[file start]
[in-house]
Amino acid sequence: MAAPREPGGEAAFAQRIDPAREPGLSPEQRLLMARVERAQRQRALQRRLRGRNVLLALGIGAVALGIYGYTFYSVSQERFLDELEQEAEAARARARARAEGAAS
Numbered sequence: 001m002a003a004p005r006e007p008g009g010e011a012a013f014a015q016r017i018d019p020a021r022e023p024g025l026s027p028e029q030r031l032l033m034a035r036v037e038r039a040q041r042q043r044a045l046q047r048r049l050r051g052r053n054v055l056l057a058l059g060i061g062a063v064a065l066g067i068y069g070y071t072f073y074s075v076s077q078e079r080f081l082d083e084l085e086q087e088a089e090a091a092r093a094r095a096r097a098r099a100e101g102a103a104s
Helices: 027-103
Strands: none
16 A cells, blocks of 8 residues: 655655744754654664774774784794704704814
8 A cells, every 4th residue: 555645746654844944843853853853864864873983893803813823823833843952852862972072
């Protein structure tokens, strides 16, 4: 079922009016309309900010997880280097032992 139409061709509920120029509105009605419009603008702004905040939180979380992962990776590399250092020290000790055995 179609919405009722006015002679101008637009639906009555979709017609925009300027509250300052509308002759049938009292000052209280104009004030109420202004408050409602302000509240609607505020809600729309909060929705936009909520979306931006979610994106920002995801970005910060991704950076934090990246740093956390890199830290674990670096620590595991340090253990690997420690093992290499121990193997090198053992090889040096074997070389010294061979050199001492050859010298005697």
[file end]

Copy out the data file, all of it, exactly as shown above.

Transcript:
[in-house]
Amino acid sequence: MAAPREPGGEAAFAQRIDPAREPGLSPEQRLLMARVERAQRQRALQRRLRGRNVLLALGIGAVALGIYGYTFYSVSQERFLDELEQEAEAARARARARAEGAAS
Numbered sequence: 001m002a003a004p005r006e007p008g009g010e011a012a013f014a015q016r017i018d019p020a021r022e023p024g025l026s027p028e029q030r031l032l033m034a035r036v037e038r039a040q041r042q043r044a045l046q047r048r049l050r051g052r053n054v055l056l057a058l059g060i061g062a063v064a065l066g067i068y069g070y071t072f073y074s075v076s077q078e079r080f081l082d083e084l085e086q087e088a089e090a091a092r093a094r095a096r097a098r099a100e101g102a103a104s
Helices: 027-103
Strands: none
16 A cells, blocks of 8 residues: 655655744754654664774774784794704704814
8 A cells, every 4th residue: 555645746654844944843853853853864864873983893803813823823833843952852862972072
């Protein structure tokens, strides 16, 4: 079922009016309309900010997880280097032992 139409061709509920120029509105009605419009603008702004905040939180979380992962990776590399250092020290000790055995 179609919405009722006015002679101008637009639906009555979709017609925009300027509250300052509308002759049938009292000052209280104009004030109420202004408050409602302000509240609607505020809600729309909060929705936009909520979306931006979610994106920002995801970005910060991704950076934090990246740093956390890199830290674990670096620590595991340090253990690997420690093992290499121990193997090198053992090889040096074997070389010294061979050199001492050859010298005697």